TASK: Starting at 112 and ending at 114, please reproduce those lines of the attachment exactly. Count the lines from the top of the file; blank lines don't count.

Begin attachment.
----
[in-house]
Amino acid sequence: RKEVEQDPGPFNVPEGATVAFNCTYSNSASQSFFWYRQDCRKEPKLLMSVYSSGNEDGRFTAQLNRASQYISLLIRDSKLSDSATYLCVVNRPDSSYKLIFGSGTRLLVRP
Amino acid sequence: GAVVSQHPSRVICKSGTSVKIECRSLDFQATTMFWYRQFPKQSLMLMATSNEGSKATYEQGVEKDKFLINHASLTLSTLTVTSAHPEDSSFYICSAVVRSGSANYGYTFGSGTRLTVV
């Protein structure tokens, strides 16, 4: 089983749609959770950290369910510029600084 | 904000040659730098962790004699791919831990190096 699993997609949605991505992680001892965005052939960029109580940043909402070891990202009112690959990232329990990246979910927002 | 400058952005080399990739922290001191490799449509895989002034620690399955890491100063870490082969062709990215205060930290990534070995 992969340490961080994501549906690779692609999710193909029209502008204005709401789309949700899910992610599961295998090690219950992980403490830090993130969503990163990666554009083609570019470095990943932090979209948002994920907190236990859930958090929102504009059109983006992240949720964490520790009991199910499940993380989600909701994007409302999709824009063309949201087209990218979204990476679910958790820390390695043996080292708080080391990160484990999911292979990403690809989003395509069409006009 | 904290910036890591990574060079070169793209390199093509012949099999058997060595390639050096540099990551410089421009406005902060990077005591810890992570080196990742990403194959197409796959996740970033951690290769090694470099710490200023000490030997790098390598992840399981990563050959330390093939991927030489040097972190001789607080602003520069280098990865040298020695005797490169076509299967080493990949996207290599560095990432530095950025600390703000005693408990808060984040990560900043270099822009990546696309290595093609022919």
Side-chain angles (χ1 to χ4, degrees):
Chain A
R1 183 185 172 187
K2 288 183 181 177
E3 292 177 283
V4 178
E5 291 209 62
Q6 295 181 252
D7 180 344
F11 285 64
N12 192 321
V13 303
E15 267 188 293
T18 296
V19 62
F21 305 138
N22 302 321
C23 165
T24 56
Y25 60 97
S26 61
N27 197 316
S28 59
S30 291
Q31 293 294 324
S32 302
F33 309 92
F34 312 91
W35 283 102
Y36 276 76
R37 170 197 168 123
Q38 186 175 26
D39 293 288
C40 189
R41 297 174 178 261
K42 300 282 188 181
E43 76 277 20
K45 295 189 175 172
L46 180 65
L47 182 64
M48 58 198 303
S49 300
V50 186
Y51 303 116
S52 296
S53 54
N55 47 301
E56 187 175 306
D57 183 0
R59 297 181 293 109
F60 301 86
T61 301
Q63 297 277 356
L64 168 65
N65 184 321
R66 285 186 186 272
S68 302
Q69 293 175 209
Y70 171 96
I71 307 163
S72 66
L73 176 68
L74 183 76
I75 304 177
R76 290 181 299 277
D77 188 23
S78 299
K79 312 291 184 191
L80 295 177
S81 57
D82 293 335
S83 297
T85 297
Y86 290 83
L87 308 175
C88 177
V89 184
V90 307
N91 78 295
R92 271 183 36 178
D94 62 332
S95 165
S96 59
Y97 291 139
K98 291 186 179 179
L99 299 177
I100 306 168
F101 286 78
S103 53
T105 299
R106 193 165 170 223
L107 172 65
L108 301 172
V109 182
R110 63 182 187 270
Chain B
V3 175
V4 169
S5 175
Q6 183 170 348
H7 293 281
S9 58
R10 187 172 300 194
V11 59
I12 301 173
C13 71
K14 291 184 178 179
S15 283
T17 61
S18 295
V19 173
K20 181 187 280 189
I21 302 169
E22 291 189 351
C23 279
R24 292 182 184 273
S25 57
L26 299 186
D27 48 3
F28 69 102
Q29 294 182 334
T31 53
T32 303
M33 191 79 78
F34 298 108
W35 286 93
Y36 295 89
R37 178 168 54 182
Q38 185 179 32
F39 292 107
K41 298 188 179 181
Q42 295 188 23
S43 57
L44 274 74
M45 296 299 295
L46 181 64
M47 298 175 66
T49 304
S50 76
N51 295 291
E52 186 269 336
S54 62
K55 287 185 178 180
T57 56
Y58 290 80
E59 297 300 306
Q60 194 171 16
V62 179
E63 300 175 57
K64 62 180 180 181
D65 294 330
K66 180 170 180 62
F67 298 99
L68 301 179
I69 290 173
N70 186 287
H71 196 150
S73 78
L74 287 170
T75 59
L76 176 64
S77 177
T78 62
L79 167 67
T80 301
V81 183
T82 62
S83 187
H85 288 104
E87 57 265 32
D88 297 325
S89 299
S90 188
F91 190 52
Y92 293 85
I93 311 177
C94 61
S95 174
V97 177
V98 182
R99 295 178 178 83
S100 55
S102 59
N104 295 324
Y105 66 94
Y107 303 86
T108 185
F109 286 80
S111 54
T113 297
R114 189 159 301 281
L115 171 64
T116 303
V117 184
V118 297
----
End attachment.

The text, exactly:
S15 283
T17 61
S18 295